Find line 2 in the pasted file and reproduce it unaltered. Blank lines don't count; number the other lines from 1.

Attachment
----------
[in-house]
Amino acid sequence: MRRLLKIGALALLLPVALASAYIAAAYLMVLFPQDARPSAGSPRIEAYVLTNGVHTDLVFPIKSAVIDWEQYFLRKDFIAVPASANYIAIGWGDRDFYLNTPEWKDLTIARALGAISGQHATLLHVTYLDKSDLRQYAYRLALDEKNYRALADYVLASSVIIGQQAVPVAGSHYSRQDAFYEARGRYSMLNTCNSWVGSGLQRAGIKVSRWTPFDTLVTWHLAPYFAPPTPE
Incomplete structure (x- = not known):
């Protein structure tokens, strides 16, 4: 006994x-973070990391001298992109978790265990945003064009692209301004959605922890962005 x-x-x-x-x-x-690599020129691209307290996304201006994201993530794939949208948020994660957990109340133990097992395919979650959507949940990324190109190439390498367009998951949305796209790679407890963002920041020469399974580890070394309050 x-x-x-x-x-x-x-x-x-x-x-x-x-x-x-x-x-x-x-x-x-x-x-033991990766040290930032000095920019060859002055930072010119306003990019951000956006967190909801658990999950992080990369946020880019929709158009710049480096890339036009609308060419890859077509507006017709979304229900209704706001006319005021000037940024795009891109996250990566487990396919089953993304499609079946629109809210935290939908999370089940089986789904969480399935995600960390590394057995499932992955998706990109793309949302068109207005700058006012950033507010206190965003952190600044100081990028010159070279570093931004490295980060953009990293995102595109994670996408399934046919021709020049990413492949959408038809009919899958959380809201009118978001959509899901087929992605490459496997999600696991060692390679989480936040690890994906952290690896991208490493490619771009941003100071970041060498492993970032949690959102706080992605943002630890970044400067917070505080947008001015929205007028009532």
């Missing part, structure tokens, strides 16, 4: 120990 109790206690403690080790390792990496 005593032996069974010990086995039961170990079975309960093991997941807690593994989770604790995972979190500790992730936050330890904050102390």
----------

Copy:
Amino acid sequence: MRRLLKIGALALLLPVALASAYIAAAYLMVLFPQDARPSAGSPRIEAYVLTNGVHTDLVFPIKSAVIDWEQYFLRKDFIAVPASANYIAIGWGDRDFYLNTPEWKDLTIARALGAISGQHATLLHVTYLDKSDLRQYAYRLALDEKNYRALADYVLASSVIIGQQAVPVAGSHYSRQDAFYEARGRYSMLNTCNSWVGSGLQRAGIKVSRWTPFDTLVTWHLAPYFAPPTPE